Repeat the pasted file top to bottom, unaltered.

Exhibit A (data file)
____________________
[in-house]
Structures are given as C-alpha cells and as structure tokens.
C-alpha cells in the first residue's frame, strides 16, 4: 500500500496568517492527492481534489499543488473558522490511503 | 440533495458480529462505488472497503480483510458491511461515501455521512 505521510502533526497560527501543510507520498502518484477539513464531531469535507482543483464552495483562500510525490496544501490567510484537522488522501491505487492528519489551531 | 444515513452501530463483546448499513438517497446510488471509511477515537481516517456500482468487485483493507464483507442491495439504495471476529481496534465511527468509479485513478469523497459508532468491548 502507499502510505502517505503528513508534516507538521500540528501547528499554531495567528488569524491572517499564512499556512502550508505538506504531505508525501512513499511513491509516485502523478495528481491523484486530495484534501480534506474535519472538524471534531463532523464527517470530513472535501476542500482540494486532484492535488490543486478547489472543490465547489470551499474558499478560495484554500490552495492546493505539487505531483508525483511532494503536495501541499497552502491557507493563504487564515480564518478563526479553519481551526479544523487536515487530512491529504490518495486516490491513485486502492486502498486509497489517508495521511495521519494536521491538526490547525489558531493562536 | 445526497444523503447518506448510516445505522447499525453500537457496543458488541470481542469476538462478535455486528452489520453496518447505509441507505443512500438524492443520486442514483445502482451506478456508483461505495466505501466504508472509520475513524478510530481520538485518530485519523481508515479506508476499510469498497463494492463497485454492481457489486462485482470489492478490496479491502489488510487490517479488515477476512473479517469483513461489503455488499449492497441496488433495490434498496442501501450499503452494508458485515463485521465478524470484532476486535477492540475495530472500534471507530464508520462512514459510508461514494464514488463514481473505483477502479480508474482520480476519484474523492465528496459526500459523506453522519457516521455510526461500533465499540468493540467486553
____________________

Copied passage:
[in-house]
Structures are given as C-alpha cells and as structure tokens.
C-alpha cells in the first residue's frame, strides 16, 4: 500500500496568517492527492481534489499543488473558522490511503 | 440533495458480529462505488472497503480483510458491511461515501455521512 505521510502533526497560527501543510507520498502518484477539513464531531469535507482543483464552495483562500510525490496544501490567510484537522488522501491505487492528519489551531 | 444515513452501530463483546448499513438517497446510488471509511477515537481516517456500482468487485483493507464483507442491495439504495471476529481496534465511527468509479485513478469523497459508532468491548 502507499502510505502517505503528513508534516507538521500540528501547528499554531495567528488569524491572517499564512499556512502550508505538506504531505508525501512513499511513491509516485502523478495528481491523484486530495484534501480534506474535519472538524471534531463532523464527517470530513472535501476542500482540494486532484492535488490543486478547489472543490465547489470551499474558499478560495484554500490552495492546493505539487505531483508525483511532494503536495501541499497552502491557507493563504487564515480564518478563526479553519481551526479544523487536515487530512491529504490518495486516490491513485486502492486502498486509497489517508495521511495521519494536521491538526490547525489558531493562536 | 445526497444523503447518506448510516445505522447499525453500537457496543458488541470481542469476538462478535455486528452489520453496518447505509441507505443512500438524492443520486442514483445502482451506478456508483461505495466505501466504508472509520475513524478510530481520538485518530485519523481508515479506508476499510469498497463494492463497485454492481457489486462485482470489492478490496479491502489488510487490517479488515477476512473479517469483513461489503455488499449492497441496488433495490434498496442501501450499503452494508458485515463485521465478524470484532476486535477492540475495530472500534471507530464508520462512514459510508461514494464514488463514481473505483477502479480508474482520480476519484474523492465528496459526500459523506453522519457516521455510526461500533465499540468493540467486553